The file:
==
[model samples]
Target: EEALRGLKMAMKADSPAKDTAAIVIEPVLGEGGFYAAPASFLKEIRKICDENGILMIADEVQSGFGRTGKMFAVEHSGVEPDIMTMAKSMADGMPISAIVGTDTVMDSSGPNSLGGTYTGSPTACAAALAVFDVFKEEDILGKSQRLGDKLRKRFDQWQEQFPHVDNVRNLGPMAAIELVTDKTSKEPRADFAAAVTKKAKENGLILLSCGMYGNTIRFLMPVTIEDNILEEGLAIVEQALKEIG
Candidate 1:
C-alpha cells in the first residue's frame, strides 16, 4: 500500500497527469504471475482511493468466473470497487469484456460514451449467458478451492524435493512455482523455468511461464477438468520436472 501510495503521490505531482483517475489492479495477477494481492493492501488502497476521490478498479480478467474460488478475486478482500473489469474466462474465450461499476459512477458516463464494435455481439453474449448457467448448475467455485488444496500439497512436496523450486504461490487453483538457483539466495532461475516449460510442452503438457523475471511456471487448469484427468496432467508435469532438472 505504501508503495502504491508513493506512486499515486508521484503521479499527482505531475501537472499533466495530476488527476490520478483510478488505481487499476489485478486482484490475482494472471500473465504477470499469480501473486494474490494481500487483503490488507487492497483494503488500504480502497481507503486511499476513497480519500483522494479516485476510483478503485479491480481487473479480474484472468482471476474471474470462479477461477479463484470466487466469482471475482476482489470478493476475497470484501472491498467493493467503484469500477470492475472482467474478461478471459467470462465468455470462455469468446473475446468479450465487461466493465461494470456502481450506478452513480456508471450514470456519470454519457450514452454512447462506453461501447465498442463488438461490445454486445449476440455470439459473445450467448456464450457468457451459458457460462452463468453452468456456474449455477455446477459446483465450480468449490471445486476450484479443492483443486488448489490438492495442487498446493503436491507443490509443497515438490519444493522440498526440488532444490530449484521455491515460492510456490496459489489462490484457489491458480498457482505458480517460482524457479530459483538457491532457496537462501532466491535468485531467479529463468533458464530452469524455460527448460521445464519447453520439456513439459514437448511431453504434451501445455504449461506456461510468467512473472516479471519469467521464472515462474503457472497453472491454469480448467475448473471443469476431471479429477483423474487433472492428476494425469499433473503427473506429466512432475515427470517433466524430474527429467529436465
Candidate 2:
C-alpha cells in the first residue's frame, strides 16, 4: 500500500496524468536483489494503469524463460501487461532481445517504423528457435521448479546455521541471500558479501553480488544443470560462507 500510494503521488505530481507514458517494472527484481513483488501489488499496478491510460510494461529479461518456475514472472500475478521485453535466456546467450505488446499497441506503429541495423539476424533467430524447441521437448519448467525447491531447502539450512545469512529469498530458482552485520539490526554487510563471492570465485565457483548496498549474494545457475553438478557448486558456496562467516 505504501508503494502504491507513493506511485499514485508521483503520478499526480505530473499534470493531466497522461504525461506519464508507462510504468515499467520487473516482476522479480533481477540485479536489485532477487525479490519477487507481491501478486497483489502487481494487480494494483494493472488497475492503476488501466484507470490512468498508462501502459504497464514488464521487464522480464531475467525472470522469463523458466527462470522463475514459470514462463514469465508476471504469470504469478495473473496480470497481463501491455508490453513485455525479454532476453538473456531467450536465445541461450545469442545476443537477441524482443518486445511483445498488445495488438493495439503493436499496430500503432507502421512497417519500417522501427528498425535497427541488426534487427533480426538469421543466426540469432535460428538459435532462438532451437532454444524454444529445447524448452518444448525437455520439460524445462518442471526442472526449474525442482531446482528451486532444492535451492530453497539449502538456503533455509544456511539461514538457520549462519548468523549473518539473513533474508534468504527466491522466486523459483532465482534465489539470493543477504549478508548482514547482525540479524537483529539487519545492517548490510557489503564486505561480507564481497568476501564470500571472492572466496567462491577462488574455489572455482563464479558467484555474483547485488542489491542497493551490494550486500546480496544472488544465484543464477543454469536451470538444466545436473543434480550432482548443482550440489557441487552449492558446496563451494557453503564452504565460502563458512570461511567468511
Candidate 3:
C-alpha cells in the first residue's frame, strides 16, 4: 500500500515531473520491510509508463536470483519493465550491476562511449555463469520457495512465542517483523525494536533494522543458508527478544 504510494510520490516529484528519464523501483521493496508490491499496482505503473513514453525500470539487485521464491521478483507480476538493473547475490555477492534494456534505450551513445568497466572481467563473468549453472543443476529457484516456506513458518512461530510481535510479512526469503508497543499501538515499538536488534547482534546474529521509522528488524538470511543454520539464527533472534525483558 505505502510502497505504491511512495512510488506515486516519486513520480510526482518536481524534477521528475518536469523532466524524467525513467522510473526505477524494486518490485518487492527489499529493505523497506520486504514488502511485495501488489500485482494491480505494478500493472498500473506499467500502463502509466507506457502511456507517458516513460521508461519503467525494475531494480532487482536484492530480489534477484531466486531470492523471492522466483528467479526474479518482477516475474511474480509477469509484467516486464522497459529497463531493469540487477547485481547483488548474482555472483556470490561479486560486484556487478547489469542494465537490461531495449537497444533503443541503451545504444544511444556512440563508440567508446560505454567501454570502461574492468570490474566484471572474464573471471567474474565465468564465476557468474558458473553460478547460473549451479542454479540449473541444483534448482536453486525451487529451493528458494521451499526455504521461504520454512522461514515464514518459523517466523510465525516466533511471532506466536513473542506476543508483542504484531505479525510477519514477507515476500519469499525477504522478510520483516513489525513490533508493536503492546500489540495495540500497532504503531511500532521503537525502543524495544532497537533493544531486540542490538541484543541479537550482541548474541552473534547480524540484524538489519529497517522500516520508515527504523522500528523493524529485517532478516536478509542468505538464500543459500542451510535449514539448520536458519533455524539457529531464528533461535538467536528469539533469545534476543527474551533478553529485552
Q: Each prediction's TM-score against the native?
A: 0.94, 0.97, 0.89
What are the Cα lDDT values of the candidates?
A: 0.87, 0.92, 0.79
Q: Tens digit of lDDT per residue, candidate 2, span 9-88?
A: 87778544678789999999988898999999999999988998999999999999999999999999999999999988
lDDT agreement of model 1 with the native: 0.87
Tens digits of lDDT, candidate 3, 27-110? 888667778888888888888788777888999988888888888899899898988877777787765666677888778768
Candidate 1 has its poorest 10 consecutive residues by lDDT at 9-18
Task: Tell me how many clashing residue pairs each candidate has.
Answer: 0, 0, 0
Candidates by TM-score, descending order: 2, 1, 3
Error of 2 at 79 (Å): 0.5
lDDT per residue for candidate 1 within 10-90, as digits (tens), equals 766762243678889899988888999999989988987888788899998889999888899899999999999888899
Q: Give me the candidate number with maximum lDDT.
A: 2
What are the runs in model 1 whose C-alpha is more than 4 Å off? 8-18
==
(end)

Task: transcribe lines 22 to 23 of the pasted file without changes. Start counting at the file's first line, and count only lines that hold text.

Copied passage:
lDDT per residue for candidate 1 within 10-90, as digits (tens), equals 766762243678889899988888999999989988987888788899998889999888899899999999999888899
Q: Give me the candidate number with maximum lDDT.